The Role of the Visor Flap in Scalp Reconstruction: A Case Series of 21 Patients

Marco Ellis, Lisa Hwang, Ni-Ka Ford, Konstantin Slavin
Operative Neurosurgery (Hagerstown, Md.) 2018 December 1, 15 (6): 651-655

BACKGROUND: Full-thickness scalp defects pose a reconstructive problem, especially in the setting of infection, chemotherapy/radiation, and underlying cranial defects. Current options include dermal matrices, skin grafts, and local flaps. Local flaps often fail, requiring subsequent microvascular free flap reconstruction.

OBJECTIVE: To describe the visor flap, a novel bipedicled advancement flap design, and its role in reconstruction of scalp defects.

METHODS: A retrospective review of 21 adult patients who developed scalp defects reconstructed using the visor flap from 2013 to 2017. The visor flap is a large bipedicled advancement flap design with a triangular extension at the base, which allows redistribution of a large surface area of the scalp.

RESULTS: All 21 patients achieved complete and viable soft tissue coverage of the recipient site, but 19.0% developed complications unrelated to flap viability, requiring reoperation (infected bone flap, epidural hematoma, and recurrent glioblastoma with subdural abscess). Only 1 patient required conversion to free flap reconstruction due to cerebrospinal fluid leak. Etiologies included cancer (76.1%), cerebrovascular disease (19.0%), and traumatic brain injury (4.8%). Preoperative radiation (42.9%), bone/hardware exposure (57.1%), and previous craniotomy (85.7%) were widely prevalent. Defect size ranged from 3 to 50 cm2 (mean, 16.9 cm2), and flap size ranged from 90 to 500 cm2 (mean, 222 cm2).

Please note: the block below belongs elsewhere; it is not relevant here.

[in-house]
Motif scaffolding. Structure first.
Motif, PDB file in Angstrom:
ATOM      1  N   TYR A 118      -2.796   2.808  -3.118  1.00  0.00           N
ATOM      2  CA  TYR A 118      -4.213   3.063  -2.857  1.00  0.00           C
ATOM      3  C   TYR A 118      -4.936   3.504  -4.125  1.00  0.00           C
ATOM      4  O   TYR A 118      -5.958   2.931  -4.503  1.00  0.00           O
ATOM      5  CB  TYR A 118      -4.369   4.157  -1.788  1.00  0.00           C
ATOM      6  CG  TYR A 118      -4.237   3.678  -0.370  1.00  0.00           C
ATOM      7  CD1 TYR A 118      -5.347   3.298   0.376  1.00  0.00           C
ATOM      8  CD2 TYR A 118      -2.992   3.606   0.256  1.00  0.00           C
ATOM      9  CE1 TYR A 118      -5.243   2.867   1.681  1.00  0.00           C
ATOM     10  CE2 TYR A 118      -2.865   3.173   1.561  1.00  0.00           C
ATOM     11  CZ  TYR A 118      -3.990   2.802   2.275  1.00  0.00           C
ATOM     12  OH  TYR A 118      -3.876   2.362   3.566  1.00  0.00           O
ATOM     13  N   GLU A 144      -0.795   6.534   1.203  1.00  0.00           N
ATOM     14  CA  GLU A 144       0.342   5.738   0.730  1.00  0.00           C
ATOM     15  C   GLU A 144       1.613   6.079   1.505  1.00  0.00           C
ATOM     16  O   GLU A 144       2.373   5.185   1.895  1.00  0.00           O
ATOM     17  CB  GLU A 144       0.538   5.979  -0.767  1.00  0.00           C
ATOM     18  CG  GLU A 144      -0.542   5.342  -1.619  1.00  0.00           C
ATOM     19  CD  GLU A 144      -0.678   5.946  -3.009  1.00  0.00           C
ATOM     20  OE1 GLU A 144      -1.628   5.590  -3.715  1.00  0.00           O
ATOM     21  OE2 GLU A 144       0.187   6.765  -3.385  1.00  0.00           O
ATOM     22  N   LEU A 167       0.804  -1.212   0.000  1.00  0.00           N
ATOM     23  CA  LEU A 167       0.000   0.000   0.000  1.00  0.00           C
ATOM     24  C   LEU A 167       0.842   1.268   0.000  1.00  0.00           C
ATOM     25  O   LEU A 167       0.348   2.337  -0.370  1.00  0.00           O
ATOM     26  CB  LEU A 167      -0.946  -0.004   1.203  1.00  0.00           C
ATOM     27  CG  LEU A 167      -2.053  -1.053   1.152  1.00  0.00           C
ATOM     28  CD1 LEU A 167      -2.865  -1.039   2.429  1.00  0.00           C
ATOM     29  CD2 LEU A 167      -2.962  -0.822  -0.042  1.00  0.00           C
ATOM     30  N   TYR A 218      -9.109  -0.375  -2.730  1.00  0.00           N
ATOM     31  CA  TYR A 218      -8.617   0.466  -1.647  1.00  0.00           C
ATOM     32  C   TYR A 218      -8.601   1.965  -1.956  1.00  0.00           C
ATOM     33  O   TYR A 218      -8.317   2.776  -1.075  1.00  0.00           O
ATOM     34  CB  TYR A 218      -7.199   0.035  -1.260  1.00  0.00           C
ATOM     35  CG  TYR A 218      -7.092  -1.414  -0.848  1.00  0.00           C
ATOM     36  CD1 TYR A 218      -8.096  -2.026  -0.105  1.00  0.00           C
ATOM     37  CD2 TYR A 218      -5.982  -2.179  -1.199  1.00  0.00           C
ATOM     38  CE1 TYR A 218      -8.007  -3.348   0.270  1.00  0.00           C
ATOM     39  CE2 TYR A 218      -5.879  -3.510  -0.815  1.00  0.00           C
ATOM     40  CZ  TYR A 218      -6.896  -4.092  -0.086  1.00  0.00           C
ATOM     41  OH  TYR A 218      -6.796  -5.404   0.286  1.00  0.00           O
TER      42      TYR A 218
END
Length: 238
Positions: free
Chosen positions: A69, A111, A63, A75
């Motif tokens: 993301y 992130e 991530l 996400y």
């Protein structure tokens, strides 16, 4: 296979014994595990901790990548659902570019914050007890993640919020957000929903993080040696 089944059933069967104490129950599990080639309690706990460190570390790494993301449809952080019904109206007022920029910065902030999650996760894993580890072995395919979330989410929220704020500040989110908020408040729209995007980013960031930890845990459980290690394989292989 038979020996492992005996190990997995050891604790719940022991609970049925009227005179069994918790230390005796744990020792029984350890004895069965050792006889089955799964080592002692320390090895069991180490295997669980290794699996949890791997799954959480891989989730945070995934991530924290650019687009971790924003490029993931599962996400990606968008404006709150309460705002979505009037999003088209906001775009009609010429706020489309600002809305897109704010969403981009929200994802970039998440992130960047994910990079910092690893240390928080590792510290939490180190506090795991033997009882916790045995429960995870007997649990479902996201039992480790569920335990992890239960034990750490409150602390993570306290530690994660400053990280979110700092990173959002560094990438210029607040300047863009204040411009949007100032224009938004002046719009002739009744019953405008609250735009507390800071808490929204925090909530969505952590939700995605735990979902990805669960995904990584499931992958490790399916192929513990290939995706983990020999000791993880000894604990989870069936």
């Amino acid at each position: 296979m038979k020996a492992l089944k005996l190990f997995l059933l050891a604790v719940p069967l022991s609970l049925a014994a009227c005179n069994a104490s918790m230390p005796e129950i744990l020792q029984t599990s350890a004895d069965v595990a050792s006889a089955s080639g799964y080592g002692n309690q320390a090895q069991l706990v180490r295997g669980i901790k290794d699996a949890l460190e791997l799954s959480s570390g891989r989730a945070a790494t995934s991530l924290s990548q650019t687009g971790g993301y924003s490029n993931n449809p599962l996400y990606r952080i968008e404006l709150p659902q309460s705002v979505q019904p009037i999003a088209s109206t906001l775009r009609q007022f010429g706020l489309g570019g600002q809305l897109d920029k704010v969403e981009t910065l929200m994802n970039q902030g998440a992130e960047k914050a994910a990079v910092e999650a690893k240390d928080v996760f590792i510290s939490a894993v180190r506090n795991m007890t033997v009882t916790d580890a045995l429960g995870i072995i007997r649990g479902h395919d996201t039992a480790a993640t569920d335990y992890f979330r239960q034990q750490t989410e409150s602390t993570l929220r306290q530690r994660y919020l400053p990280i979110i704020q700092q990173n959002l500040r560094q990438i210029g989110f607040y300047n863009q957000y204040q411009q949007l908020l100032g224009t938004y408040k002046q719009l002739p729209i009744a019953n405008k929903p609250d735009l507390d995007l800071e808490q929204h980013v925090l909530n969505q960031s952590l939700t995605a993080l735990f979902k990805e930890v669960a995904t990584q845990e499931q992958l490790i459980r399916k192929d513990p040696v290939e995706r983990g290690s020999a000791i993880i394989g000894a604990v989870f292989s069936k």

CONCLUSION: The visor flap provides an innovative solution for closure of scalp defects. This technique optimizes immediate closure of tissue compromised by infection or chemotherapy/radiation without burning bridges to more complex reconstructive options.

Full Text Links

Find Full Text Links for this Article


You are not logged in. Sign Up or Log In to join the discussion.

Related Papers

Remove bar
Read by QxMD icon Read

Save your favorite articles in one place with a free QxMD account.


Search Tips

Use Boolean operators: AND/OR

diabetic AND foot
diabetes OR diabetic

Exclude a word using the 'minus' sign

Virchow -triad

Use Parentheses

water AND (cup OR glass)

Add an asterisk (*) at end of a word to include word stems

Neuro* will search for Neurology, Neuroscientist, Neurological, and so on

Use quotes to search for an exact phrase

"primary prevention of cancer"
(heart or cardiac or cardio*) AND arrest -"American Heart Association"

We want to hear from doctors like you!

Take a second to answer a survey question.